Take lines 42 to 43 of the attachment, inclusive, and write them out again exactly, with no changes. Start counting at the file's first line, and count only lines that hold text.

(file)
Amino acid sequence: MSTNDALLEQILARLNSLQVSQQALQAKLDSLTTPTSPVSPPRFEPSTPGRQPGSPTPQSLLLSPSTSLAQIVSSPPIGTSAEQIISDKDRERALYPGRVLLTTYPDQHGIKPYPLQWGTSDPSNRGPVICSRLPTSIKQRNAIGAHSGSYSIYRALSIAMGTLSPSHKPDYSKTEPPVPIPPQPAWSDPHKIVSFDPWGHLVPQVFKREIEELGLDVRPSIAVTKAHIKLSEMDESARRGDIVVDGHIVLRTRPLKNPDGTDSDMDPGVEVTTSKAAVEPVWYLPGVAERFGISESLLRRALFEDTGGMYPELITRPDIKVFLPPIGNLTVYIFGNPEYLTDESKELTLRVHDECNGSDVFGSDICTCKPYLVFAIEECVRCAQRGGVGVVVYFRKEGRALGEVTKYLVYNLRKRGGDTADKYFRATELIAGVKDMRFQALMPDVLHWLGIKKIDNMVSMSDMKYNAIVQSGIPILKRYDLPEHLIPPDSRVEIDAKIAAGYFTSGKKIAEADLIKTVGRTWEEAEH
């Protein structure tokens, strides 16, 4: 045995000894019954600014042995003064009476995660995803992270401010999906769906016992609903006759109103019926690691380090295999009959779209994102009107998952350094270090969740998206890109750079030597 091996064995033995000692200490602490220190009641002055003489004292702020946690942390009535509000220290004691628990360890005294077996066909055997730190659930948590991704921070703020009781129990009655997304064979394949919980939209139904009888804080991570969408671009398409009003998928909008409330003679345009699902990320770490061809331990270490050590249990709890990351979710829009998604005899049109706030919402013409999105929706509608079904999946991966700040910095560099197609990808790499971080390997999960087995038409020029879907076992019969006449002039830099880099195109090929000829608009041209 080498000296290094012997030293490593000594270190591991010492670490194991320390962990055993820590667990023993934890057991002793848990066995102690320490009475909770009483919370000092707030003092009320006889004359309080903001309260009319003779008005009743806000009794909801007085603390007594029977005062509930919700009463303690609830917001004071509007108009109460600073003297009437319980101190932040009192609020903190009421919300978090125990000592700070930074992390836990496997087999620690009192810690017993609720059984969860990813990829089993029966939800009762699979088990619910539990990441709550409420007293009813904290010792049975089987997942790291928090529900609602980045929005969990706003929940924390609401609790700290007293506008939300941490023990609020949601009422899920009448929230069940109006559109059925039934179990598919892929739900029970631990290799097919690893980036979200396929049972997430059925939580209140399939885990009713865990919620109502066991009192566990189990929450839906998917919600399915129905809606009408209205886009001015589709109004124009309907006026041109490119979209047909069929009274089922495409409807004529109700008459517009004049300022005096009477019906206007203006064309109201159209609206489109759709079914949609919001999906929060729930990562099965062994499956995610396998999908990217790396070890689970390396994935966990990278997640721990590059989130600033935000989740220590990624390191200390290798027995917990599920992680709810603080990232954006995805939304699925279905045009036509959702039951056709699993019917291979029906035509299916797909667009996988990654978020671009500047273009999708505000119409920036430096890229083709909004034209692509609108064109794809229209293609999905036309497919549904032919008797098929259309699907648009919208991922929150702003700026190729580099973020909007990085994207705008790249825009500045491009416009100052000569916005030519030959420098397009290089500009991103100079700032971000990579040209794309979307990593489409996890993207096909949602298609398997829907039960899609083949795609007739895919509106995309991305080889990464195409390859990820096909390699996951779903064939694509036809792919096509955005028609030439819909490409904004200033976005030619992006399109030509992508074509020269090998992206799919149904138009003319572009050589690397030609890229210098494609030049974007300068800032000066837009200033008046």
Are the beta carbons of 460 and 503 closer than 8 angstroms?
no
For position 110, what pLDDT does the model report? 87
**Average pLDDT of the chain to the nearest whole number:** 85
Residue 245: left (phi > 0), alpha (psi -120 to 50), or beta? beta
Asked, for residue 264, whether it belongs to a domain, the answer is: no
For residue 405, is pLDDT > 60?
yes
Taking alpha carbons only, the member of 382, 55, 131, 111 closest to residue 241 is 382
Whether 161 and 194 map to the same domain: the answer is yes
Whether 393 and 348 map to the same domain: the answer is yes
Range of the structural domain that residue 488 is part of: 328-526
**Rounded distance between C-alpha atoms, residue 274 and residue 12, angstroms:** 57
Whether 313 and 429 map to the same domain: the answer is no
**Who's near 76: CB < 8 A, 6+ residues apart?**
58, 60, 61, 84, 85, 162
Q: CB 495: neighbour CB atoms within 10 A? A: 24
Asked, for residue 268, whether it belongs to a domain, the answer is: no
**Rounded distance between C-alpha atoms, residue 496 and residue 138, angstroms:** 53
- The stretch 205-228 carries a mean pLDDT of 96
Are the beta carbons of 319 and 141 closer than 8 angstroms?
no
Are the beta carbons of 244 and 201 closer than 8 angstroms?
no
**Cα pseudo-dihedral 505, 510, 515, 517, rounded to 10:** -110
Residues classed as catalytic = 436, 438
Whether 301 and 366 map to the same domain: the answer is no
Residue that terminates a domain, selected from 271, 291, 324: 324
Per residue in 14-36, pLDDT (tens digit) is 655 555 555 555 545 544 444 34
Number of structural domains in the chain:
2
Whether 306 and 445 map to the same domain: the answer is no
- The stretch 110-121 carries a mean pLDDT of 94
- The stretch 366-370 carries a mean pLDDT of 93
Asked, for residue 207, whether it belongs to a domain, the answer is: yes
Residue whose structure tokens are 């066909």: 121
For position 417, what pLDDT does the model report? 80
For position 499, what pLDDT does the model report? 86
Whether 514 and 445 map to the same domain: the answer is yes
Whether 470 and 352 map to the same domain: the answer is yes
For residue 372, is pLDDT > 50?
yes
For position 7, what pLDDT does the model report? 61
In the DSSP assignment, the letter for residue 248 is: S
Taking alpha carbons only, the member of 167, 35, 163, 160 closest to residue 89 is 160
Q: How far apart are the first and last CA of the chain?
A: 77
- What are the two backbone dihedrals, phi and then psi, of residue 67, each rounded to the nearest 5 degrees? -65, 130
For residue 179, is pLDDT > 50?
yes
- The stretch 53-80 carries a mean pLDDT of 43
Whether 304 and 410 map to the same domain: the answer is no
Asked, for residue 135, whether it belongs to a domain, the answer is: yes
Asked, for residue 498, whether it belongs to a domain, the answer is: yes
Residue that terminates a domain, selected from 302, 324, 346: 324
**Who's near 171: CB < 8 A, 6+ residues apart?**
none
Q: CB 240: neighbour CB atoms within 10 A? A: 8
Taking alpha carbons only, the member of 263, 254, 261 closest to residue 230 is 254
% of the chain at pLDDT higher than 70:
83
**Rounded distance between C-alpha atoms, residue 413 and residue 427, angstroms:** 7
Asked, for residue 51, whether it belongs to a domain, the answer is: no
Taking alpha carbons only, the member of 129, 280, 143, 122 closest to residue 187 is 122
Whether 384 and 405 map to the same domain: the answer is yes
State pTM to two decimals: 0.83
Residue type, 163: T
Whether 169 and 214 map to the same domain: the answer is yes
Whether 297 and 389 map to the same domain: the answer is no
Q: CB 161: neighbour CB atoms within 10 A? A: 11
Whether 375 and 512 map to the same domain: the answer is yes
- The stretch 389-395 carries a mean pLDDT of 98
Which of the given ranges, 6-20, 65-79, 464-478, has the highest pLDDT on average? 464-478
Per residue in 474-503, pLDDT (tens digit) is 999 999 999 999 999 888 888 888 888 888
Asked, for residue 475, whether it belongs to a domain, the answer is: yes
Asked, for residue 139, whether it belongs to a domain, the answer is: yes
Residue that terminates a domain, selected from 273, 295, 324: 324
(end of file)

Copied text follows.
Whether 470 and 352 map to the same domain: the answer is yes
For residue 372, is pLDDT > 50?